While it's not certain if Garret is gay or straight - or even bi - Kyle is out and pretty much proud of who he is. He's never dated anyone, but had some experience with guys, and his best friend happens to be gay, as well. Kyle is pretty amusing, as he's a huge exaggerator and yet he finds himself starting to become more and more interested in Garret, who swears that he's a vampire. Well, one of their fellow classmates seems to believe it, and he'll do just about anything he can to rid their school of evil...even if that means ridding them of Garret altogether. As for Judy, whenever she finds she likes a guy, she starts to become "interested" in whatever they like - and her recent conquest is all about the Bible. But when Judy realizes that Kyle is starting to like Garret, she can't let her brother win, can she? GEMINI BITES is told in alternating chapters, first Judy, then Kyle, and so on. I seemed to enjoy Kyle's storyline a little more, but then again, I did first pick up this book for the LGBT content and that would be Kyle. He's also a funny character and you really do start to care for him and the way he's treated by Judy. This is especially poignant since the twins come from a big family and it's hard to find time with their parents. Judy is a good character too, though. She really goes through her own progressions and you'll find yourself shaking your head, yet letting laughter slip out, at some of her more mean statements. In all, both teens are well-rounded and I felt like you got to see a big picture of who they were and what they were interested in. Kyle wasn't just the horny teen guy obsessing over boys, and Judy wasn't just a mean "actress" trying to get a boyfriend. You even see an interesting side of her, good and bad, when it comes to her best friend, Sasha. This girl was an amusing character, but you do feel for her, too. And it reminded me a lot of Brittany on Glee. She's a bit ditsy and clueless and yet can see things that other people overlook sometimes. You just have to love her! As for their family, they were a lot of fun. The three younger siblings were a bit hard to keep straight sometimes, but the eldest, Tommy and Dexter, seemed to be their own people in the little time they had to "shine." Their parents were also very sweet and you could tell they cared and wanted to be there for their kids as much as they could- even though it's hard with a house full of them. I'm really thankful I was given the chance to read GEMINI BITES. I would definitely recommend it!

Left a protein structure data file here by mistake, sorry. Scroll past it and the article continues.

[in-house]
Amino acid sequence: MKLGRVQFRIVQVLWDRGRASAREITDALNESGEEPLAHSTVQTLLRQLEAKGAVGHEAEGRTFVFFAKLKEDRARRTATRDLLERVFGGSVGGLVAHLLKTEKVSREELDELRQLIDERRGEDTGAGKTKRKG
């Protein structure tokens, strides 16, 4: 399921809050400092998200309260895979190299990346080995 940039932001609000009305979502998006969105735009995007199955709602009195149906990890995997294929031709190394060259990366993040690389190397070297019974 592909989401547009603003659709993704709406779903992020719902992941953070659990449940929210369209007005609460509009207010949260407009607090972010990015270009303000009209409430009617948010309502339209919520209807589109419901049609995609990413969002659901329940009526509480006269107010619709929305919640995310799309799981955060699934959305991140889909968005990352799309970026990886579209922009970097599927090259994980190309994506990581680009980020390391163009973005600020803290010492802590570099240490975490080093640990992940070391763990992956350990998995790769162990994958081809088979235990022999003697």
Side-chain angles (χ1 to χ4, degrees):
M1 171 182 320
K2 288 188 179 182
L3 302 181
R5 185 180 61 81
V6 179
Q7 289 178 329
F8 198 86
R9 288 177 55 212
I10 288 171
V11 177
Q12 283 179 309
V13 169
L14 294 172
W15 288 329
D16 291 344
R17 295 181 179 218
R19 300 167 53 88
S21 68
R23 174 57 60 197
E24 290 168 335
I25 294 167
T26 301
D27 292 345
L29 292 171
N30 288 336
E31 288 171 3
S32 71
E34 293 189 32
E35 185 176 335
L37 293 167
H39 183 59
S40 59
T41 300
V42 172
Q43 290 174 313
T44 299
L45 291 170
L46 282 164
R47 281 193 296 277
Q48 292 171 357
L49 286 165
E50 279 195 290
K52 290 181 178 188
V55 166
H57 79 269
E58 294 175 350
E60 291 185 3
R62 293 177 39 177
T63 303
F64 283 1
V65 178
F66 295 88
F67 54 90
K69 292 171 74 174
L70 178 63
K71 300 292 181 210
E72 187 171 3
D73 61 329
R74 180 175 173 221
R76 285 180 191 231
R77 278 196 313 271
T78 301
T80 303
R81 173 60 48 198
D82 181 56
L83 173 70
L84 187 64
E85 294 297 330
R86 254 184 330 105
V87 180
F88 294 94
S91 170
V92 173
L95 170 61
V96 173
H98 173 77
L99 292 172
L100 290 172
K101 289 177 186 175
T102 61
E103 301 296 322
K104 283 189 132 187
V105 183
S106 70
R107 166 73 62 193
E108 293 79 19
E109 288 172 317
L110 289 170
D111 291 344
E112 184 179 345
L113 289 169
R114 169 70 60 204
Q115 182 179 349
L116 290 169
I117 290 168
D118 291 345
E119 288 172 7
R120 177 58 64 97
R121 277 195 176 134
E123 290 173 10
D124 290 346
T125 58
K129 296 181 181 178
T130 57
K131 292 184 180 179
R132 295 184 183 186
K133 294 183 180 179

1 out of 1 people found this review helpful.

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  • Anonymous

    Posted June 5, 2012

    Awesome

    This is a very well written book with an interesting plot that will leave you turning pages to the very end. Congragulations Patrick Ryan on a book well done.- The Rebel.

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  • Anonymous

    Posted May 11, 2012

    Very good ~Readthisbook~

    I actually liked this book it was so not what i thought it would be like i actually thought this book was gonna be something like the twilight saga (GAFFAW) its really hardly about vampires at all!! I liked both judy and kyle. Its funny to see what legthes judy will go for just a guy. But think i like kyle better as a character hes just a lot sweeter. and he is gay but his sexuality is only really pushed in a few spots in the book and i had no problem with kyle being gay cuz hes just so sweet!!!! Overall i thought it was a very good book i would recommend it to teens 14 yrs and up. ~Readthisbook~

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  • Posted December 5, 2010

    This book is awesome!!!!!!!!!!!!!!!

    This book is so awesome i read it because i do this book reviewer program for the librarian at my school and i picked this book out because it was the only interesting looking book and it has a mystery about a person who might or might not be a vampire so if you want to read a good book read this when it comes out!